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When communications are critical and down-time is not an option

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When communications are critical and down-time is not an option

Monday, May 01, 2017

Ariel View of Lismore CBD and the sorrounding during floods

The recent floods in Queensland and northern NSW in the aftermath of Cyclone Debbie placed great strains on community infrastructure. Whole electricity networks went down, and telecommunications systems were severely affected.  

The floods highlighted the need for robust telecommunications infrastructure, particularly in critical facilities such as hospitals. It has been proved once again that reliable data communications is essential to the delivery of health services to the community, especially when natural disasters hit.

Unfortunately, it is just at the times when these services are most needed that they are most likely to be compromised, making redundancy in modern communications networks all the more important.

Vertel delivers critical communications networks to NSW Health, connecting around 100 hospitals, community Health centres and ambulance stations in regional and remote areas of NSW. Hospitals within Local Health Districts (LHDs) are connected via Layer 2 Carrier Ethernet links to the centralised NSW Government data centres.

To ensure maximum uptime every hospital needs to have two connections for access and carrier diversity. The primary connection is usually a fibre circuit, with Vertel providing the secondary link based on microwave access technology. In some remote locations where fibre is not readily available, the Vertel microwave link is the primary link providing fibre-equivalent, Layer 2 Carrier Ethernet services delivered over Vertel’s own redundant MPLS core.

The heavy rains and flooding around Lismore region in late March and early April 2017 caused massive power outages across the region. Some areas were without power for days and when combined with the flooding, caused major disruptions to a number of carrier networks.

Vertel’s network ensured all eight hospitals in the Lismore region had minimal downtime. The microwave based Carrier Ethernet system ensured that data communications links remained operational, even when some terrestrial links from other carriers were cut.

Vertel’s links could operate even after a mains power failure, however the batteries used in this instance had a limited back-up life. Vertel’s philosophy is to deliver on its promises during moments of truth even if it means going above and beyond its SLA commitments. To ensure all the hospitals affected by the power outage would remain online, Vertel chartered a helicopter to deliver a generator to Parrots Nest, a high-site about 10 km south of Lismore, where our regional microwave POP (Point-of-Presence) is based.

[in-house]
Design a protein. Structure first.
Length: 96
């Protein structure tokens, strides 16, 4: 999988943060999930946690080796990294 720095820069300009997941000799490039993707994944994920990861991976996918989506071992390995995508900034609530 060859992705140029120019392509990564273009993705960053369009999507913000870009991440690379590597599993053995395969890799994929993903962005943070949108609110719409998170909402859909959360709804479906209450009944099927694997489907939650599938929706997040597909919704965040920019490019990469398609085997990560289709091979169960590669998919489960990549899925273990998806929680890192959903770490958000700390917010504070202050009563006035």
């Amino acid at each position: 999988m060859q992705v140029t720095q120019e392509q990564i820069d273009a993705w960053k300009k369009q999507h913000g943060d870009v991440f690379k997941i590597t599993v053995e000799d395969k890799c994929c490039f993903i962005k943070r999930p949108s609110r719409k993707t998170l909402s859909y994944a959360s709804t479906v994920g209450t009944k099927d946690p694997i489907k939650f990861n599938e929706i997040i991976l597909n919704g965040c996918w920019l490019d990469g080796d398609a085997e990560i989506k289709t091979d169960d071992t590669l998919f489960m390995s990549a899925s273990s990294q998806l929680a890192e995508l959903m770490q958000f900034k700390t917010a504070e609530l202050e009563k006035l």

We engaged local contractors to install a temporary helipad to enable us to land the helicopter, and we also arranged for the refuelling of the generator until mains power was restored. This ensured we could restore power as soon as possible, with minimal disruption to the NSW Health network in the area.

The conditions were extreme and the efforts of our team were outstanding, going the extra mile to support the retention of the critical network in the area at a difficult time for the local community. Vertel guarantees 99.95% availability to NSW eHealth. Despite the severe flooding and the problems with restoring power, this undertaking was not breached.

It was critical that the Lismore area hospitals were able to access centralised patient information and clinical applications from the NSW data centre in Sydney. Vertel’s efforts were exemplary and above and beyond the call of duty as recognised by NSW eHealth executives.

It is difficult to estimate the costs of telecommunications downtime, particularly when lives are at risk. But we do know the numbers for the 2012 fire at Telstra’s Warrnambool telephone exchange in southwest Victoria, that left 100,000 phone and internet users without service for three weeks and cost the region in excess of $1 million per day.

The Lismore floods, with the massive disruption to infrastructure they caused, highlight the need for redundancy in telecommunications networks. When both power and terrestrial data communications are affected, network redundancy that eliminates any single point of failure becomes an absolute imperative.

At the same time as the flooding is Lismore, we faced a similar problem in Queensland. Flooding in the Bowen Basin took out both power and data communications at the large Sonoma open cut coal mine near Collinsville, where Vertel also supplies a Carrier Ethernet capability. We didn’t need a helicopter at Sonoma, but we still needed to arrange for backup power to our facilities while the terrestrial networks were out of action.

The experiences of NSW eHealth and Sonoma Mines show the value of redundancy in communications networks, and the suitability of Carrier Ethernet over microwave as the technology to provide that redundancy. It is not just a question of an extra communications link, true redundancy means multiple access technologies and multiple carriers.

by Theo Belekas, Managing Director at Vertel